Study 10 Objective: What is the New Covenant and why is it of vital importance to the believer?
Historically, the covenants also involved signs as indications of continued participation by either or both parties. These signs also point to the New Covenant.
For example, the sign of the covenant with Noah and creation was the rainbow (Genesis 9:11-17), a colorful dispersion of light. It is Christ who is the Light of the world (John 8:12; 1:4-9).
The sign for Abraham was male circumcision (Genesis 17:10-11). This links in with the consensus of scholarship concerning the root meaning of the Hebrew word translated as covenant, berith, a term to do with cutting. The phrase to cut a covenant is still sometimes used. Jesus, the
Seed of Abraham, was circumcised according to this practice (Luke 2:21). Paul explained that, for the believer, circumcision is no longer physical but spiritual. Under the New Covenant “circumcision is that of the heart, in the Spirit, not in the letter” (Romans 2:29; see also Philippians 3:3).
Also, the Sabbath was the sign given for the Mosaic covenant (Exodus 31:12-18). Christ is the rest from all our works (Matthew 11:28-30; Hebrews 4:10). This rest is future as well as present. “For if Joshua had given them rest, then he would not afterward have spoken of another day. There remains therefore a rest for the people of God” (4:8-9).
The New Covenant also has a sign, and it is not a rainbow or circumcision or the Sabbath. “Therefore the Lord Himself will give you a sign: Behold, the virgin shall conceive and bear a Son, and shall call His
name Immanuel” (Isaiah 7:14). The first indication that we are God’s people of the New Covenant is that God has come to dwell among us in the form of His Son, Jesus Christ (Matthew 1:21; John 1:14).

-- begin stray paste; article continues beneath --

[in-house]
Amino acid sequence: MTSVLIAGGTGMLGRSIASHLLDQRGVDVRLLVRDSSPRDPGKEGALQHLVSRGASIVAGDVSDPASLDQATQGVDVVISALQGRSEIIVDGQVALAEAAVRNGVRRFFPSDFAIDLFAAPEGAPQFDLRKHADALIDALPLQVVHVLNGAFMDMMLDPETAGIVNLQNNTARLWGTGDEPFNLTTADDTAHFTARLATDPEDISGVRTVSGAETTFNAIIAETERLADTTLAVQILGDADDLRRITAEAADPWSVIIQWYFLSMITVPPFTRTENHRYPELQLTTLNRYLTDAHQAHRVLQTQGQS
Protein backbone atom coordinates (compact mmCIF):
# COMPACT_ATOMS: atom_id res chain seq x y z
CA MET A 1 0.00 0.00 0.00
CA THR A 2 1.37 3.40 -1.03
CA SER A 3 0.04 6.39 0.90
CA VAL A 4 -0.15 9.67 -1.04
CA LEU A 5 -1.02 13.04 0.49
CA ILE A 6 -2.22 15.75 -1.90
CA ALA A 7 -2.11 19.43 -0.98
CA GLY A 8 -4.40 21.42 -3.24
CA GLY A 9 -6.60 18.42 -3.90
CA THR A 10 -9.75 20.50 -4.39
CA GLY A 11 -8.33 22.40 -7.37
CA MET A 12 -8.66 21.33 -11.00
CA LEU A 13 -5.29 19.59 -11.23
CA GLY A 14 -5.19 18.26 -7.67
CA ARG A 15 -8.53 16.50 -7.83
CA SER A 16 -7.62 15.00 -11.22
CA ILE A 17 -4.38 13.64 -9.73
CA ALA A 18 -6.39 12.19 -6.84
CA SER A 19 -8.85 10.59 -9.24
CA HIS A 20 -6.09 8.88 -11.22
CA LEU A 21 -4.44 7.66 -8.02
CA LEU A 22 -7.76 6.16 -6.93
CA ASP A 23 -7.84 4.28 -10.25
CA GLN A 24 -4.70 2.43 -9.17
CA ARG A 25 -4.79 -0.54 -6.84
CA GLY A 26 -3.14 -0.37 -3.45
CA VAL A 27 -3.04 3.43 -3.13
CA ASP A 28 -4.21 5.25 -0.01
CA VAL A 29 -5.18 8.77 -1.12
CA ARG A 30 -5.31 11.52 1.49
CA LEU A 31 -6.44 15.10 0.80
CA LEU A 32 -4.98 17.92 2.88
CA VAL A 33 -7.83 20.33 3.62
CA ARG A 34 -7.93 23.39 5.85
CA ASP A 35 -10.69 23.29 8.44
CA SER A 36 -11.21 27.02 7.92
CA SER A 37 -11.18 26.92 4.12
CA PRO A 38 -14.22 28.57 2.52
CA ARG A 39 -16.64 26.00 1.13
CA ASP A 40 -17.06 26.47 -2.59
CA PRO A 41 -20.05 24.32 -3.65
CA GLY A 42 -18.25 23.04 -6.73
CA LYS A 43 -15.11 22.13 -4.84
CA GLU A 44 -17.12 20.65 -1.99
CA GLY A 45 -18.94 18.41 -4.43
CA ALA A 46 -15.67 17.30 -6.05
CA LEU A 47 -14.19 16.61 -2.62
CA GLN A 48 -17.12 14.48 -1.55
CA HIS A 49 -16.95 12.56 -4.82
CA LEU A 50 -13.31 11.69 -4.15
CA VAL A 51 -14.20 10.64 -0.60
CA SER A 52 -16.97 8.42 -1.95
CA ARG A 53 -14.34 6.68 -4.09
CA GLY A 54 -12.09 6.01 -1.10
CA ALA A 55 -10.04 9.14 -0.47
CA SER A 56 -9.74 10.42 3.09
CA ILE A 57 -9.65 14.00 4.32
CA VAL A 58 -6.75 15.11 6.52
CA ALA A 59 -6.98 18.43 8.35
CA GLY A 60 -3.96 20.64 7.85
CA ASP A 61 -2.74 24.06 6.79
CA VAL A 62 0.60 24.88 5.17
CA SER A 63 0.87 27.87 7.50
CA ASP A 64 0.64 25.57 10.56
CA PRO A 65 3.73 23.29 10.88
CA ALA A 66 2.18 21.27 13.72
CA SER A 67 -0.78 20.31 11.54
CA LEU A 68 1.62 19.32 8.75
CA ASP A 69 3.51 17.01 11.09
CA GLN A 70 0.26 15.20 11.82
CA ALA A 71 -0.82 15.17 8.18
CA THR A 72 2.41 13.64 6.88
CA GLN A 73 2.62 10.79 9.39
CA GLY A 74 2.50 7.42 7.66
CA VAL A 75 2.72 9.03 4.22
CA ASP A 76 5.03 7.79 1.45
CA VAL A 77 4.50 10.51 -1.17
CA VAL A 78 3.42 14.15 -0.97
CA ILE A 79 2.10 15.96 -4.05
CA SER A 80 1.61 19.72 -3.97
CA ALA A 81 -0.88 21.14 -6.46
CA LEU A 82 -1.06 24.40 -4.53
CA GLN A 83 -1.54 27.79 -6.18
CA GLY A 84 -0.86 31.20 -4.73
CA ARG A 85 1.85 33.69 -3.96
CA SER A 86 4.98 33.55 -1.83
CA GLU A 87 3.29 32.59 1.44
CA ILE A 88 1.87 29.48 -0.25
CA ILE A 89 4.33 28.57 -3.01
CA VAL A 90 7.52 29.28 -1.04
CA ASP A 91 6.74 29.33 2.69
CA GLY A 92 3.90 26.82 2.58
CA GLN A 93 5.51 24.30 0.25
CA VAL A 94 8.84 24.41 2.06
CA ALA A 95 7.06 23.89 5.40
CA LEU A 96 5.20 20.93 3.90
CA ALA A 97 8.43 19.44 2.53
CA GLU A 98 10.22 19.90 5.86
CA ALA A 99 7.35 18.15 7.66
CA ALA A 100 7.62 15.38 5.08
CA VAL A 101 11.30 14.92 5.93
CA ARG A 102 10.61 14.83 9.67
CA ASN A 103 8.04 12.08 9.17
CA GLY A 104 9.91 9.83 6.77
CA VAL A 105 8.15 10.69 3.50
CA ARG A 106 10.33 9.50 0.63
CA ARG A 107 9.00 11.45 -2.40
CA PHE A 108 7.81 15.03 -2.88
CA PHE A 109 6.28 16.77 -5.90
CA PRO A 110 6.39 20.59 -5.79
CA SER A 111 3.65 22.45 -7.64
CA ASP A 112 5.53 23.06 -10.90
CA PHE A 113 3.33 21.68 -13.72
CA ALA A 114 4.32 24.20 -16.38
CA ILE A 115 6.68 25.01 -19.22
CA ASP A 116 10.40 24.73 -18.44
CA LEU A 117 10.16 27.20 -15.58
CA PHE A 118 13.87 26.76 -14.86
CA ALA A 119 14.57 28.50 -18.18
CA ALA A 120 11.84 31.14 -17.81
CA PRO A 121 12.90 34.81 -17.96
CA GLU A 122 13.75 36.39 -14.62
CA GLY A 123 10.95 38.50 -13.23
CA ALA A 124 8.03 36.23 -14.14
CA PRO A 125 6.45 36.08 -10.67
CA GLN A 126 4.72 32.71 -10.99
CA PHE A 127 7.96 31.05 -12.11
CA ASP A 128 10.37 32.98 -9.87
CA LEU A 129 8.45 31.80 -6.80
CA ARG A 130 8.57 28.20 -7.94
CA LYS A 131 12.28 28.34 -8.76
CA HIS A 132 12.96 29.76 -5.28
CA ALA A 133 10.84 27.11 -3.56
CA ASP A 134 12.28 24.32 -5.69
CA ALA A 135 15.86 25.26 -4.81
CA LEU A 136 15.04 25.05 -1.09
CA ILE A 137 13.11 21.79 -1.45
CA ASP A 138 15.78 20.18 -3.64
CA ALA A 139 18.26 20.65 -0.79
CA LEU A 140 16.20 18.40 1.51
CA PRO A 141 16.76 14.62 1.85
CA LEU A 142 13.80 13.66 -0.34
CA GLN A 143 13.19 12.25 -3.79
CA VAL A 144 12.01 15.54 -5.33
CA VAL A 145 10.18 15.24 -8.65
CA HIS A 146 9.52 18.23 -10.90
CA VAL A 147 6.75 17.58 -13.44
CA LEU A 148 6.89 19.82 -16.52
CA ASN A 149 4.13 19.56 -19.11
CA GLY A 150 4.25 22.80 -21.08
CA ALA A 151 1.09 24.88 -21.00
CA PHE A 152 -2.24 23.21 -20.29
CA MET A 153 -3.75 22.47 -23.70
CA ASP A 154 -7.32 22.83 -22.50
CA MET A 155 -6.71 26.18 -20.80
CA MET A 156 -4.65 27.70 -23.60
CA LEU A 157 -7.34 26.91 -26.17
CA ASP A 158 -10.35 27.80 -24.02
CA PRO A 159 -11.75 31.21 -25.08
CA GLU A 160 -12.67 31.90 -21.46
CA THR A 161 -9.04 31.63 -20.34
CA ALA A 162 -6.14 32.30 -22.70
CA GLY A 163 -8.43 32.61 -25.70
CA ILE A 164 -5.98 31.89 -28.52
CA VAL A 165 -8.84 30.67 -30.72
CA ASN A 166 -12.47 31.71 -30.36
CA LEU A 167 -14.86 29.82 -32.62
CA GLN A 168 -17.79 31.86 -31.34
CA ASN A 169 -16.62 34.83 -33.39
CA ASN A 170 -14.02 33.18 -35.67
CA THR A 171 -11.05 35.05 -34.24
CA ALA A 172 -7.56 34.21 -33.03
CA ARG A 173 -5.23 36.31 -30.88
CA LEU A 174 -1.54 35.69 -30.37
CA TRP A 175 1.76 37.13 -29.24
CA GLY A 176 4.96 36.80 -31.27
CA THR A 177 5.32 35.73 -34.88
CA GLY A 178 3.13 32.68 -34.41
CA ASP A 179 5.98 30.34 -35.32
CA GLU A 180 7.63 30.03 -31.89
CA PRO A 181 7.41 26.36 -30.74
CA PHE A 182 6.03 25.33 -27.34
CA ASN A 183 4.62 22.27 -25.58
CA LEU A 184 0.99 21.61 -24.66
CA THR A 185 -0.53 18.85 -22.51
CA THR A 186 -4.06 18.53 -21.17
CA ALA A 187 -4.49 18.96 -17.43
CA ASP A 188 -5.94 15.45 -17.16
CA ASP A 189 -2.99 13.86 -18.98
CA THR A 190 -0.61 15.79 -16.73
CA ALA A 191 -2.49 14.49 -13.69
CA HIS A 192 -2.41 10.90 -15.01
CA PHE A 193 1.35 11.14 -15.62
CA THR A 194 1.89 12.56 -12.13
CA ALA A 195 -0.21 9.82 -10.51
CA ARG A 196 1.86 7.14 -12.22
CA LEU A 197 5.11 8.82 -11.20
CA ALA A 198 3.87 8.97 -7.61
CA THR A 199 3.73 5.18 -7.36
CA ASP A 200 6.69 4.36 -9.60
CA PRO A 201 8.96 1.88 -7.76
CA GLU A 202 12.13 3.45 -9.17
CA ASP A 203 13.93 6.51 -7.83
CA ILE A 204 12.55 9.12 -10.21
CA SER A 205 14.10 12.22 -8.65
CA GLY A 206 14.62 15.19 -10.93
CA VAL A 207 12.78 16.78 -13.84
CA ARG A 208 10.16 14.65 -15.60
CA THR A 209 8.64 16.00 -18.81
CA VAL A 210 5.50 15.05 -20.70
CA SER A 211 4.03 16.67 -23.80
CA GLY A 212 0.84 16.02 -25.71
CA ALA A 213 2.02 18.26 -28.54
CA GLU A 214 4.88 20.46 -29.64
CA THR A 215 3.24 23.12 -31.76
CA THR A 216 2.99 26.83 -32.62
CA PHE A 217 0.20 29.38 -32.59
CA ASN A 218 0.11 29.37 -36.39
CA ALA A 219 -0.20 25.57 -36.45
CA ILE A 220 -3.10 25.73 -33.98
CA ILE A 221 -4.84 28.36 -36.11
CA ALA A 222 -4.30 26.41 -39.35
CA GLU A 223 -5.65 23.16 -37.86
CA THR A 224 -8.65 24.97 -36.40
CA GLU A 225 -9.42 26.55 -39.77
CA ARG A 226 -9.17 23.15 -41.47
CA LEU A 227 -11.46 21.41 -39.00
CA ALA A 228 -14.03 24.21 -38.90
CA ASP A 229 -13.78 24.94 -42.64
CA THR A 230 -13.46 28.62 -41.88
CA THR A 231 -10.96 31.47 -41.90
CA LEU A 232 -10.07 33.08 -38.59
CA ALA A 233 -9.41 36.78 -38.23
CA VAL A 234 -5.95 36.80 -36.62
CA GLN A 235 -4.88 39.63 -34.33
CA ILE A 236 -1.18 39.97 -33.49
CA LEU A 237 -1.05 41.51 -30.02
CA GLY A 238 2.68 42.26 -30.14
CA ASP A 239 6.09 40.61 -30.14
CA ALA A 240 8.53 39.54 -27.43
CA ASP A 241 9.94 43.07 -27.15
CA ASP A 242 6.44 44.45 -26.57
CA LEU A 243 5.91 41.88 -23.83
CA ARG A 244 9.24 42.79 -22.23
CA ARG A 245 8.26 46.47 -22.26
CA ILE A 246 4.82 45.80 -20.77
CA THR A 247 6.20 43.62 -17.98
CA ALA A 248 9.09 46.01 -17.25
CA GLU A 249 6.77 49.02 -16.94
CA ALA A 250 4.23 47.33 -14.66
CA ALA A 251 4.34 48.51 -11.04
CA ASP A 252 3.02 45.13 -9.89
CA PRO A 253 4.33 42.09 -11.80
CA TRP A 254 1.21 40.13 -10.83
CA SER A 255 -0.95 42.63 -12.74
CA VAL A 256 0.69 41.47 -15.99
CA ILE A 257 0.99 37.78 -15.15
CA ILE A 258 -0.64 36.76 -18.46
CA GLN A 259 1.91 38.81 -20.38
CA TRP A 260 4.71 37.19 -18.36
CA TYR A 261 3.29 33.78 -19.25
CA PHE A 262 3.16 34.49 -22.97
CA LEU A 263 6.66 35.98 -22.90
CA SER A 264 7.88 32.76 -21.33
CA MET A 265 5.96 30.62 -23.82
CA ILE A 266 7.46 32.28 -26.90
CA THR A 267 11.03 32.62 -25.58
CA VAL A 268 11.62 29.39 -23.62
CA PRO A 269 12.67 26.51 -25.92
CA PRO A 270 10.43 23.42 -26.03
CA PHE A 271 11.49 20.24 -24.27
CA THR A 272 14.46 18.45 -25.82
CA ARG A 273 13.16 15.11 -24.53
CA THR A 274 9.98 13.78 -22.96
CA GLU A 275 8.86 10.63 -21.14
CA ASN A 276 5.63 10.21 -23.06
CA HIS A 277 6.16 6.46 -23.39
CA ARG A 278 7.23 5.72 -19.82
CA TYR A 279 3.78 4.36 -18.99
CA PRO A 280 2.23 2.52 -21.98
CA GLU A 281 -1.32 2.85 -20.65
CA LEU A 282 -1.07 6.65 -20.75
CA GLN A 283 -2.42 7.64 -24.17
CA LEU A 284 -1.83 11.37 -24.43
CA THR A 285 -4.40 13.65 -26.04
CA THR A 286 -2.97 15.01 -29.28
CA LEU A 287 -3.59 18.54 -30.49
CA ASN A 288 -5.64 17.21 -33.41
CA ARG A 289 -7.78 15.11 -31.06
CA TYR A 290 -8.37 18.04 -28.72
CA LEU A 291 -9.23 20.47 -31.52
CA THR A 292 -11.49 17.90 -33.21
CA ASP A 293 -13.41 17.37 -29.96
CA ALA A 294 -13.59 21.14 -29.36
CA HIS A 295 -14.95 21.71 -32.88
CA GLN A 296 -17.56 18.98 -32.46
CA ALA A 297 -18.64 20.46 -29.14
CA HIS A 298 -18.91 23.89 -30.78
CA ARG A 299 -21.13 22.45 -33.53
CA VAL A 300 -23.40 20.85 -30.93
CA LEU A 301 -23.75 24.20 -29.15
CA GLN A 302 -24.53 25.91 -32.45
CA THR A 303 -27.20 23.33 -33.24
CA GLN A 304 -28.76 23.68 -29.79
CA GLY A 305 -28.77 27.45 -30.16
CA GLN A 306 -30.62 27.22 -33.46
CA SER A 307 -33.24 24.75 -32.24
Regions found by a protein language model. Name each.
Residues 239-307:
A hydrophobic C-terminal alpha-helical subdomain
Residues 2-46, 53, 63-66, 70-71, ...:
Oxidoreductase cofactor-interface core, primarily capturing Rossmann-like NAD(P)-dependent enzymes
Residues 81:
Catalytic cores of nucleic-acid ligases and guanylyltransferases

There is also a promise involved in the New Covenant. “Behold” said Christ, “I send the Promise of My Father upon you” (Luke 24:49), and the promise was the gift of the Holy Spirit (Acts 2:33; Galatians 3:14).
Believers are sealed into the New Covenant “with the Holy Spirit of promise, who is the guarantee of our inheritance” (Ephesians 1:13-14).
A true believer is identified neither by ritual circumcision nor by a set of obligations but by the indwelling of the Spirit of Christ (Romans 8:9).
The idea of covenant provides a range and depth of experience in which God’s grace can be understood literally, metaphorically, symbolically and by analogy.
In what way is the Holy Spirit the guarantee of your inheritance?
How do you achieve circumcision of the heart?
Which covenants are still in force?
All previous covenants are subsumed in the glory of the everlasting New Covenant. Paul illustrates this when he compares the Mosaic
covenant, also called the Old Testament, with the New Covenant.
Paul refers to the Mosaic covenant as the “ministry of death, written and engraved on stones” (2 Corinthians 3:7; see also Exodus 34:27-28), and says that, although it was once glorious, it now has “no glory in this
respect, because of the glory that excels”, referring to the ministry of the Spirit, in other words, the New Covenant (2 Corinthians 3:10). Christ has been “counted worthy of more glory than Moses” (Hebrews 3:3).
The Greek word for covenant, diatheke, brings fresh meaning to this discussion. It adds the dimension of an agreement which is a last will or testament. In the Old Testament the Hebrew word berith was not used in this sense, the issue in question being addressed typically via inheritance laws and customs.